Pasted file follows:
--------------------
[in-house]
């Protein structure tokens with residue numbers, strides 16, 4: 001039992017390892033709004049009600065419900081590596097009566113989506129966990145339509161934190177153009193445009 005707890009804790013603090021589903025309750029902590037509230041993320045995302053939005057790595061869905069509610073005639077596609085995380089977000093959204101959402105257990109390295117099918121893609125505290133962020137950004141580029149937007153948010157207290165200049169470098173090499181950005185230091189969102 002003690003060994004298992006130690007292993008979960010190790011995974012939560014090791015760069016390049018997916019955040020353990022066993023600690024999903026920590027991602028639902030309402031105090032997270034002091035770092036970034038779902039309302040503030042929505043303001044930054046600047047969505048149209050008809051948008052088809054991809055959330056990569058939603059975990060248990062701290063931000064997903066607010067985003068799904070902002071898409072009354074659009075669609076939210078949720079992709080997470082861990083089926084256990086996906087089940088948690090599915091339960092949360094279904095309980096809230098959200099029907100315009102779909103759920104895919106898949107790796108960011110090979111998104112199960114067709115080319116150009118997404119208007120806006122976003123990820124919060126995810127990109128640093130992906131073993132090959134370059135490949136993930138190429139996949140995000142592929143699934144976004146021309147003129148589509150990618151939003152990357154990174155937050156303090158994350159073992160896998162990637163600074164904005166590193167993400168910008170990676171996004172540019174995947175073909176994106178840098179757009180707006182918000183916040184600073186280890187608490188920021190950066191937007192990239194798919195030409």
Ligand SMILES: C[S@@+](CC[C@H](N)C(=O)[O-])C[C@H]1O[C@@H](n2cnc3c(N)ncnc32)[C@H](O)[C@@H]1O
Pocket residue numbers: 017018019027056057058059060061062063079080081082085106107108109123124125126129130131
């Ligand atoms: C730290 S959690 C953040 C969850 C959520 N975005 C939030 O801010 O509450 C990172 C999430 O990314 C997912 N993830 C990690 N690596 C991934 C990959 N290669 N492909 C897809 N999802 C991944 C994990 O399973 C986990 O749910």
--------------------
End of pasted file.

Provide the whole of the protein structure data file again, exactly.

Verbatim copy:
[in-house]
């Protein structure tokens with residue numbers, strides 16, 4: 001039992017390892033709004049009600065419900081590596097009566113989506129966990145339509161934190177153009193445009 005707890009804790013603090021589903025309750029902590037509230041993320045995302053939005057790595061869905069509610073005639077596609085995380089977000093959204101959402105257990109390295117099918121893609125505290133962020137950004141580029149937007153948010157207290165200049169470098173090499181950005185230091189969102 002003690003060994004298992006130690007292993008979960010190790011995974012939560014090791015760069016390049018997916019955040020353990022066993023600690024999903026920590027991602028639902030309402031105090032997270034002091035770092036970034038779902039309302040503030042929505043303001044930054046600047047969505048149209050008809051948008052088809054991809055959330056990569058939603059975990060248990062701290063931000064997903066607010067985003068799904070902002071898409072009354074659009075669609076939210078949720079992709080997470082861990083089926084256990086996906087089940088948690090599915091339960092949360094279904095309980096809230098959200099029907100315009102779909103759920104895919106898949107790796108960011110090979111998104112199960114067709115080319116150009118997404119208007120806006122976003123990820124919060126995810127990109128640093130992906131073993132090959134370059135490949136993930138190429139996949140995000142592929143699934144976004146021309147003129148589509150990618151939003152990357154990174155937050156303090158994350159073992160896998162990637163600074164904005166590193167993400168910008170990676171996004172540019174995947175073909176994106178840098179757009180707006182918000183916040184600073186280890187608490188920021190950066191937007192990239194798919195030409």
Ligand SMILES: C[S@@+](CC[C@H](N)C(=O)[O-])C[C@H]1O[C@@H](n2cnc3c(N)ncnc32)[C@H](O)[C@@H]1O
Pocket residue numbers: 017018019027056057058059060061062063079080081082085106107108109123124125126129130131
């Ligand atoms: C730290 S959690 C953040 C969850 C959520 N975005 C939030 O801010 O509450 C990172 C999430 O990314 C997912 N993830 C990690 N690596 C991934 C990959 N290669 N492909 C897809 N999802 C991944 C994990 O399973 C986990 O749910």